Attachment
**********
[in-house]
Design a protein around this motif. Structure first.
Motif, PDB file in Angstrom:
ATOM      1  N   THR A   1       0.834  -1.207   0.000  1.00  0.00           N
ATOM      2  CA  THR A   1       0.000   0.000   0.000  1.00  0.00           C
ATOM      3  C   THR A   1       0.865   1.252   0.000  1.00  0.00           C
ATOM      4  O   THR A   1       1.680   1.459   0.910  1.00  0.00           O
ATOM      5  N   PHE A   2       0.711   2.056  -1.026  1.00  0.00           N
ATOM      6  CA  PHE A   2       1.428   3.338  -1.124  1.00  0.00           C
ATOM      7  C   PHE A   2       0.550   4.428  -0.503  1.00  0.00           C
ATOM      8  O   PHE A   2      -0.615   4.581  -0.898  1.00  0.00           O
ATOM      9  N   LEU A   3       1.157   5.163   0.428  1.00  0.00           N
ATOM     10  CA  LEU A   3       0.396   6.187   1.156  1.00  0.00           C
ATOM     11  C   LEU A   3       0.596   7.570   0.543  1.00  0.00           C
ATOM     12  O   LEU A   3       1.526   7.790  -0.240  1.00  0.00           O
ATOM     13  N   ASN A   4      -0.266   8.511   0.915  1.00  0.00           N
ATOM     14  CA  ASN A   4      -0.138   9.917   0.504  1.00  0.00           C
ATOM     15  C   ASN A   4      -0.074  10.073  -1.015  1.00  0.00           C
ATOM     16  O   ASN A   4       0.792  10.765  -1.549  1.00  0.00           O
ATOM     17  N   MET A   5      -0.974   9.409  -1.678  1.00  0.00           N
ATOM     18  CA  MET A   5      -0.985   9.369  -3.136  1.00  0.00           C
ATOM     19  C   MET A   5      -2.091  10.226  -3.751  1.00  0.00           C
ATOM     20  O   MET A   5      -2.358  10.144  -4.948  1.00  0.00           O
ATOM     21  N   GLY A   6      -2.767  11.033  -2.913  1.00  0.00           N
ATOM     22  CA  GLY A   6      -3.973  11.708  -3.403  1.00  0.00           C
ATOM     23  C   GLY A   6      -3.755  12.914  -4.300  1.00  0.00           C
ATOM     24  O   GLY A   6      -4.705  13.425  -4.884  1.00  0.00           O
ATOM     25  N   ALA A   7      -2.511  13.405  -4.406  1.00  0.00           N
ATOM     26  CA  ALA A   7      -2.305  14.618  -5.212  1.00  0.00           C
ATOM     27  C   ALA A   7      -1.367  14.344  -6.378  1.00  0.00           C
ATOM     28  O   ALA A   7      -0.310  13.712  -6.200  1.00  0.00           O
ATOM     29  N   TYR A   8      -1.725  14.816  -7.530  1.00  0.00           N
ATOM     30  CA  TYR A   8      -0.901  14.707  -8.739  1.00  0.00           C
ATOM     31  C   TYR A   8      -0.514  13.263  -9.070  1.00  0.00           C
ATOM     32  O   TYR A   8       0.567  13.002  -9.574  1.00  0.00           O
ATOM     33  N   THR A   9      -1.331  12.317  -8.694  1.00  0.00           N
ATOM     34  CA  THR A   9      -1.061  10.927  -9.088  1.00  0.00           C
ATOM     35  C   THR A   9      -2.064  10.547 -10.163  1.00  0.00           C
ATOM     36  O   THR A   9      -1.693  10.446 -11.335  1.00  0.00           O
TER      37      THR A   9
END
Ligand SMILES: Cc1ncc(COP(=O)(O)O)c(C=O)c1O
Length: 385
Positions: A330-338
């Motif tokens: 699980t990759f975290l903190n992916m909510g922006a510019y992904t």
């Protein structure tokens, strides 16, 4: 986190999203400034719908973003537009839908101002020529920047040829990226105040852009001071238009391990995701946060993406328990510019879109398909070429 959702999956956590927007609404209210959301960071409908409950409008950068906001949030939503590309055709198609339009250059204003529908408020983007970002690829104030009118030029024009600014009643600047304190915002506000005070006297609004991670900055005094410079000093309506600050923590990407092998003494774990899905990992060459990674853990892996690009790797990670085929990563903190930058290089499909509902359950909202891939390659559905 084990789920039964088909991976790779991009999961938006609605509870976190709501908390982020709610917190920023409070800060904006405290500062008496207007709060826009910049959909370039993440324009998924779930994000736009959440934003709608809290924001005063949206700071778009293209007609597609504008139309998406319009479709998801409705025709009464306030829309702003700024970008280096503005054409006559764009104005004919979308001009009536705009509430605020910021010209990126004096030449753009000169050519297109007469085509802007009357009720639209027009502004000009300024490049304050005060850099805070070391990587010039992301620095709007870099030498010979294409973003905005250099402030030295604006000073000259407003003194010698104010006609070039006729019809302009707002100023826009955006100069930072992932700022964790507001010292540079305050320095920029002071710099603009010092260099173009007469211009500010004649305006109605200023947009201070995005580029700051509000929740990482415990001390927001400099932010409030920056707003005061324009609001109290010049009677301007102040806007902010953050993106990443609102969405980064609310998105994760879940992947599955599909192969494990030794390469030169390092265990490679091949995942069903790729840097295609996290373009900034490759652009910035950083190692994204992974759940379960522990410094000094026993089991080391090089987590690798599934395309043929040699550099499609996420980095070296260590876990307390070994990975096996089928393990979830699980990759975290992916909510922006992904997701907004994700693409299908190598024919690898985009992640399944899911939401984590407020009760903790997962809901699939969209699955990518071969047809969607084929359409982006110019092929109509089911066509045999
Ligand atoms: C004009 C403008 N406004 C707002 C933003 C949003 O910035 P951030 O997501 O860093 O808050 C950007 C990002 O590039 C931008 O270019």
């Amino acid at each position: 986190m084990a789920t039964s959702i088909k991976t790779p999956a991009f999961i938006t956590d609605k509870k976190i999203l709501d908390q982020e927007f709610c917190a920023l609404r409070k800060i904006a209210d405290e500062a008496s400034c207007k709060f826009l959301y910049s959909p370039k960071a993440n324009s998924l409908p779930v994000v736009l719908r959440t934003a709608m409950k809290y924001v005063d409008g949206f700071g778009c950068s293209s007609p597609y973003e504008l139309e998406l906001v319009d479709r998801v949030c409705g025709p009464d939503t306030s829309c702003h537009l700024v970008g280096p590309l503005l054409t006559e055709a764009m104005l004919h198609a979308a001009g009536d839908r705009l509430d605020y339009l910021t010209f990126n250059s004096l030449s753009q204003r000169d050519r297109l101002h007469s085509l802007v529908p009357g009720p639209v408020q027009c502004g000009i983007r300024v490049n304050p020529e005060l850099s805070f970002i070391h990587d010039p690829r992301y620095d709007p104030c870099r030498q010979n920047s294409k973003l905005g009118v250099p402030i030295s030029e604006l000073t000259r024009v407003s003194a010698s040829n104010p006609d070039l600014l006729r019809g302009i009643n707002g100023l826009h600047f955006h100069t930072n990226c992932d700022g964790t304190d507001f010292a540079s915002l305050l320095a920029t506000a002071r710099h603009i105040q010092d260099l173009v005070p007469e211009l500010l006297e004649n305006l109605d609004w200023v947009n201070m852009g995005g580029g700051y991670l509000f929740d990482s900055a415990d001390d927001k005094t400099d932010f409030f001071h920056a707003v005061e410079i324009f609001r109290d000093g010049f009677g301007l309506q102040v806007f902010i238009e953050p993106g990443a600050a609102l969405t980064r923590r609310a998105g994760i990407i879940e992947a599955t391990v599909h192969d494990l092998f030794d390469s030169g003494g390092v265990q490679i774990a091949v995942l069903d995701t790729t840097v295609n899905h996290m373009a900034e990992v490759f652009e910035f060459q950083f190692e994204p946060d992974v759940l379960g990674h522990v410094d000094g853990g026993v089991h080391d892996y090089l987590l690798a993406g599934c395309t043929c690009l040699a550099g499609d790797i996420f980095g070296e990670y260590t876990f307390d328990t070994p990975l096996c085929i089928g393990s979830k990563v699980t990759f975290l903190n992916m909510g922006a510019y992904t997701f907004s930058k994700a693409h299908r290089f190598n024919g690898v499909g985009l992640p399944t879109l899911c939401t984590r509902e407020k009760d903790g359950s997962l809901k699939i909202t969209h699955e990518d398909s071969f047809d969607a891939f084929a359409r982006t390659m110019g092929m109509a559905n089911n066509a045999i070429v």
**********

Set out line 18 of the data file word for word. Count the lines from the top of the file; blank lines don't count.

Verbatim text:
ATOM     15  C   ASN A   4      -0.074  10.073  -1.015  1.00  0.00           C